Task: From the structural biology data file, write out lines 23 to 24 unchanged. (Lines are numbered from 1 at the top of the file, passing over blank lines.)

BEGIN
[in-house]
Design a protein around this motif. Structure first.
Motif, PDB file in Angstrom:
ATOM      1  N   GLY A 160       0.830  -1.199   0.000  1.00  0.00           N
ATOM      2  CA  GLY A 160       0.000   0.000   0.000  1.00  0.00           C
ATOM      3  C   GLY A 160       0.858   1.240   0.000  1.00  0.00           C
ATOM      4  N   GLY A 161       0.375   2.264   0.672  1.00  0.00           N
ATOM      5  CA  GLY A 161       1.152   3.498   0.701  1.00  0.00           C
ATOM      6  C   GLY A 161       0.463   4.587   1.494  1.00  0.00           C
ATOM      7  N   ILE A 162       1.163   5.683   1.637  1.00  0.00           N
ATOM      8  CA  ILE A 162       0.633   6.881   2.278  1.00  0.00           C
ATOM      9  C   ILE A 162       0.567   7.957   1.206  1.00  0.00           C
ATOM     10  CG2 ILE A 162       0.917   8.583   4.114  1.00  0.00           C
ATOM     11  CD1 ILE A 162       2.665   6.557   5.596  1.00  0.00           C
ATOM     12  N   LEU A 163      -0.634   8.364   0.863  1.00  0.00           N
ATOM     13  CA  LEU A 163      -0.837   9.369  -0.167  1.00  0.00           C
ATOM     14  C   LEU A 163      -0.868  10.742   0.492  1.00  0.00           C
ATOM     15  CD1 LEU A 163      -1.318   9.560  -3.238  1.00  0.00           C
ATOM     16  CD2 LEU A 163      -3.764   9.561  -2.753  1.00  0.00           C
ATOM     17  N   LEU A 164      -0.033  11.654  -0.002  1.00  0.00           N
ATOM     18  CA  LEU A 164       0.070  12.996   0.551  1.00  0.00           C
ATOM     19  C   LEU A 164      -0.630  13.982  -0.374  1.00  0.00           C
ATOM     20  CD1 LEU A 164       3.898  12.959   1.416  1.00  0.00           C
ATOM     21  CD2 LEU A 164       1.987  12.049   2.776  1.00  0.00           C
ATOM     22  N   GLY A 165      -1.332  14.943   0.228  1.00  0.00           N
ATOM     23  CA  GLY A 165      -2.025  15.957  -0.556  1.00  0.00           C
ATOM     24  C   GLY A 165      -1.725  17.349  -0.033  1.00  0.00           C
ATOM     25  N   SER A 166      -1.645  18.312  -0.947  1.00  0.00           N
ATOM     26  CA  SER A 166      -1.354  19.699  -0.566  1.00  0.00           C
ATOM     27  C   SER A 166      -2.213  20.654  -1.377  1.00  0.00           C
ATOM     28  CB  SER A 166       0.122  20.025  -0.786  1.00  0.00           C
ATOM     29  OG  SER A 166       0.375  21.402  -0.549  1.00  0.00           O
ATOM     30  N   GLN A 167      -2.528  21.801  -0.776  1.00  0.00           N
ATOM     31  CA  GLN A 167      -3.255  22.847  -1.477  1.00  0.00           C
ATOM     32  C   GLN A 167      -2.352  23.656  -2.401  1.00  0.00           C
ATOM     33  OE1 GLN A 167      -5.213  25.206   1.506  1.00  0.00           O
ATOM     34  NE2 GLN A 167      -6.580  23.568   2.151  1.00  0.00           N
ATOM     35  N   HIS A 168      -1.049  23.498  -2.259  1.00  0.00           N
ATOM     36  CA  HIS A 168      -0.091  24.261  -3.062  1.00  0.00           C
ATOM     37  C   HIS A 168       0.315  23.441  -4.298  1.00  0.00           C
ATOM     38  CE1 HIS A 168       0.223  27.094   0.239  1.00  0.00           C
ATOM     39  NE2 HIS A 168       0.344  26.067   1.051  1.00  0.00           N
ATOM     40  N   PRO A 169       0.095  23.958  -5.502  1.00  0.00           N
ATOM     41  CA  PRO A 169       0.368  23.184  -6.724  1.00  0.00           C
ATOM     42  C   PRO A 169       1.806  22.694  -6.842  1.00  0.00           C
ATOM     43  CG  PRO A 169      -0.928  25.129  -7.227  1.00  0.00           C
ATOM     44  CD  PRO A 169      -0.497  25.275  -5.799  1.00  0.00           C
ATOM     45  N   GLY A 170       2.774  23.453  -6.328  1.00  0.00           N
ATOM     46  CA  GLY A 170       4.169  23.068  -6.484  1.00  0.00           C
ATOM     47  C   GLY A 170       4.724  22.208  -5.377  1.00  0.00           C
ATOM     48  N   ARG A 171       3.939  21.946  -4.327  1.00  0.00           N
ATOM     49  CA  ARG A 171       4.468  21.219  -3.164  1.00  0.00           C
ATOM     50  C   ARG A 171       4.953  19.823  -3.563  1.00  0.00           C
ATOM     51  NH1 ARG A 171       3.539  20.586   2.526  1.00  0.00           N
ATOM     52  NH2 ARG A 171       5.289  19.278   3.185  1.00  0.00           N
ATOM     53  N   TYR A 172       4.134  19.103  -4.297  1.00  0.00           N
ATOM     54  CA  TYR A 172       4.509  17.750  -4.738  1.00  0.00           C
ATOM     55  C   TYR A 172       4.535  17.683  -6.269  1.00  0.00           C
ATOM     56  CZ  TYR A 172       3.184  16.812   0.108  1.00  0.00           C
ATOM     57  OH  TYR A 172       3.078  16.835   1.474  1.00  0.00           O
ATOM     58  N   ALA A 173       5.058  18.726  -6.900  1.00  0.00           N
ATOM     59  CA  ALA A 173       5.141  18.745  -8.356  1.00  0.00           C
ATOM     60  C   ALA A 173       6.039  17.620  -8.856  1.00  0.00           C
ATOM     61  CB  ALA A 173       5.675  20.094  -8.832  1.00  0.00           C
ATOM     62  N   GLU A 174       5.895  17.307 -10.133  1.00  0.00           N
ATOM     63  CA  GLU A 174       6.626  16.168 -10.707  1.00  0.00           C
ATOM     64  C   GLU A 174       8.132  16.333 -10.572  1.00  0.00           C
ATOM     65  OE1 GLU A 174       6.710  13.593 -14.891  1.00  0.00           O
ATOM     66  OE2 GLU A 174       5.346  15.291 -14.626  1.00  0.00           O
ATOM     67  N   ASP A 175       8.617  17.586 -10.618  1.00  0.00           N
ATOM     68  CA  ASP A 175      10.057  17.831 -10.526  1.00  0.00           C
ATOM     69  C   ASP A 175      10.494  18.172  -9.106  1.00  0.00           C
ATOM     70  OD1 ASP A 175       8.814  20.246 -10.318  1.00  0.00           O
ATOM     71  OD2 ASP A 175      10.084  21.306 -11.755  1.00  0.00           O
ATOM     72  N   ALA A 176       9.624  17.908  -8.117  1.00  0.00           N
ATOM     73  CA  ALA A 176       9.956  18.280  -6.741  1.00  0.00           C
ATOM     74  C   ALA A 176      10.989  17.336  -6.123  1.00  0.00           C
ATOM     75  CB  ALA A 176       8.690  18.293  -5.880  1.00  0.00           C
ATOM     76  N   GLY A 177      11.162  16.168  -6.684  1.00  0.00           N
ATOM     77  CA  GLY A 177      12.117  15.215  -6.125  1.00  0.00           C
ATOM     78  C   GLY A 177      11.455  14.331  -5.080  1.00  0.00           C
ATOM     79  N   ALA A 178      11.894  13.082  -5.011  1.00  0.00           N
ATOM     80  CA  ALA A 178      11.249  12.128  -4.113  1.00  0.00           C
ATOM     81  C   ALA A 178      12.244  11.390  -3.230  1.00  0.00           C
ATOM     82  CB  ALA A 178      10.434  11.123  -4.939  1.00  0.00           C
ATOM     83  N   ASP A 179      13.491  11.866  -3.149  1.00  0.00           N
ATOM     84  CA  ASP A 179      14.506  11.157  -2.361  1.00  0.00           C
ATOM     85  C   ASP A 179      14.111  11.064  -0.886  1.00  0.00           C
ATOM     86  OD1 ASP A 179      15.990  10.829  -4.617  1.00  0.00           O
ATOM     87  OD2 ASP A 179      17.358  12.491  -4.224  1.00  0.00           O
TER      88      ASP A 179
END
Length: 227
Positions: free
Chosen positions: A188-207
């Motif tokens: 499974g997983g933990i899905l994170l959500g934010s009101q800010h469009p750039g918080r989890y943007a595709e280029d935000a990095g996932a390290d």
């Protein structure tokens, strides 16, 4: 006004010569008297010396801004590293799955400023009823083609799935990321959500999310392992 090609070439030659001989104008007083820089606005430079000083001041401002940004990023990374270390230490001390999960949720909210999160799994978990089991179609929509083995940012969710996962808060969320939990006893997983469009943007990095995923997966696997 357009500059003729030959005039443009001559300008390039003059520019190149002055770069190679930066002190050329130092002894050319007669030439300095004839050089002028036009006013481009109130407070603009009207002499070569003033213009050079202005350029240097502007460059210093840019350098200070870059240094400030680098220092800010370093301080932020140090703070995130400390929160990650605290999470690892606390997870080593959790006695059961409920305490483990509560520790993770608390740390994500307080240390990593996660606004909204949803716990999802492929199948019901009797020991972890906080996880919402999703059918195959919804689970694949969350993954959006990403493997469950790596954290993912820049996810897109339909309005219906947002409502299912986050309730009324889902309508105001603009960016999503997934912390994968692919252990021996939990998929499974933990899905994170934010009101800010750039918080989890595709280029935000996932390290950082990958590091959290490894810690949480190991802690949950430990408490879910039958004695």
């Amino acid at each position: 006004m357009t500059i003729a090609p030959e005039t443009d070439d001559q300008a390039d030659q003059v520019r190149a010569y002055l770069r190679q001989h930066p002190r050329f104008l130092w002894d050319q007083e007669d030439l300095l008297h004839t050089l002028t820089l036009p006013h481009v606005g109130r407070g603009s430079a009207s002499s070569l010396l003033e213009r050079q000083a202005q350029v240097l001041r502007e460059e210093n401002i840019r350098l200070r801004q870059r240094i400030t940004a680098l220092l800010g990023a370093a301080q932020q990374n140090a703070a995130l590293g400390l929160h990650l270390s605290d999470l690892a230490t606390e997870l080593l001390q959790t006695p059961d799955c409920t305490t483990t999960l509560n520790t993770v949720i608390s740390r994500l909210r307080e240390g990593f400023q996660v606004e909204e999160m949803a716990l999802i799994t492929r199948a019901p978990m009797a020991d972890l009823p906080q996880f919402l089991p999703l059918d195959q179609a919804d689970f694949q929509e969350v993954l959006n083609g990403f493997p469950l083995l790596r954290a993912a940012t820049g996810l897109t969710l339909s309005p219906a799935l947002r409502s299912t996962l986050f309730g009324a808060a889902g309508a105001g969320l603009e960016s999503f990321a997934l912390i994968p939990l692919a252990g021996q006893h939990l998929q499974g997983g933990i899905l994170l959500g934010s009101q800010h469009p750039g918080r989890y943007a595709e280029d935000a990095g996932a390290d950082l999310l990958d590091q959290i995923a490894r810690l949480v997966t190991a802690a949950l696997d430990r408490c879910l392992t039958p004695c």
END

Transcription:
ATOM     20  CD1 LEU A 164       3.898  12.959   1.416  1.00  0.00           C
ATOM     21  CD2 LEU A 164       1.987  12.049   2.776  1.00  0.00           C